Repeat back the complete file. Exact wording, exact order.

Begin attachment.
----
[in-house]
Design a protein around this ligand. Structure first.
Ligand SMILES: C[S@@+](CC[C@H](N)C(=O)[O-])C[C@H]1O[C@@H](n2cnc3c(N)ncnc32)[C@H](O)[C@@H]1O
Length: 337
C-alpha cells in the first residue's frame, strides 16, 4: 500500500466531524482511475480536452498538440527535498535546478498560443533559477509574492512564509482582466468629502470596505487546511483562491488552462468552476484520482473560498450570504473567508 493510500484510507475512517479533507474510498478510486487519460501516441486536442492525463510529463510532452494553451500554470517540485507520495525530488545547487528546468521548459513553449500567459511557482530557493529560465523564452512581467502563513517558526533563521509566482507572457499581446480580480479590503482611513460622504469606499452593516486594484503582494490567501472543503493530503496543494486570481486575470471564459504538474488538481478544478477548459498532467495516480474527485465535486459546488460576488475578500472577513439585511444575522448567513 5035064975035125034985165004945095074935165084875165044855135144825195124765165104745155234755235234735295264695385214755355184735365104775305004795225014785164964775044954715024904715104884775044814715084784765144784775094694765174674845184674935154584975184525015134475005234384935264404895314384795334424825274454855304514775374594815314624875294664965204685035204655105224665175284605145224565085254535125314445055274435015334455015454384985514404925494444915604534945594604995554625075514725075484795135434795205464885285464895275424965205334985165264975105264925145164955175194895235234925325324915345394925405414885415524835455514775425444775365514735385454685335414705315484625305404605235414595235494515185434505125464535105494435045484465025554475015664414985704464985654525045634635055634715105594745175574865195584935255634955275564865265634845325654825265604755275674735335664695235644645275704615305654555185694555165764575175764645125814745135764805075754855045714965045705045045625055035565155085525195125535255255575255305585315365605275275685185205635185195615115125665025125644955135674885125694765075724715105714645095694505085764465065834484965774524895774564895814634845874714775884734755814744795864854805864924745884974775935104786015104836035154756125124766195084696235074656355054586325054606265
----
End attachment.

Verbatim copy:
[in-house]
Design a protein around this ligand. Structure first.
Ligand SMILES: C[S@@+](CC[C@H](N)C(=O)[O-])C[C@H]1O[C@@H](n2cnc3c(N)ncnc32)[C@H](O)[C@@H]1O
Length: 337
C-alpha cells in the first residue's frame, strides 16, 4: 500500500466531524482511475480536452498538440527535498535546478498560443533559477509574492512564509482582466468629502470596505487546511483562491488552462468552476484520482473560498450570504473567508 493510500484510507475512517479533507474510498478510486487519460501516441486536442492525463510529463510532452494553451500554470517540485507520495525530488545547487528546468521548459513553449500567459511557482530557493529560465523564452512581467502563513517558526533563521509566482507572457499581446480580480479590503482611513460622504469606499452593516486594484503582494490567501472543503493530503496543494486570481486575470471564459504538474488538481478544478477548459498532467495516480474527485465535486459546488460576488475578500472577513439585511444575522448567513 5035064975035125034985165004945095074935165084875165044855135144825195124765165104745155234755235234735295264695385214755355184735365104775305004795225014785164964775044954715024904715104884775044814715084784765144784775094694765174674845184674935154584975184525015134475005234384935264404895314384795334424825274454855304514775374594815314624875294664965204685035204655105224665175284605145224565085254535125314445055274435015334455015454384985514404925494444915604534945594604995554625075514725075484795135434795205464885285464895275424965205334985165264975105264925145164955175194895235234925325324915345394925405414885415524835455514775425444775365514735385454685335414705315484625305404605235414595235494515185434505125464535105494435045484465025554475015664414985704464985654525045634635055634715105594745175574865195584935255634955275564865265634845325654825265604755275674735335664695235644645275704615305654555185694555165764575175764645125814745135764805075754855045714965045705045045625055035565155085525195125535255255575255305585315365605275275685185205635185195615115125665025125644955135674885125694765075724715105714645095694505085764465065834484965774524895774564895814634845874714775884734755814744795864854805864924745884974775935104786015104836035154756125124766195084696235074656355054586325054606265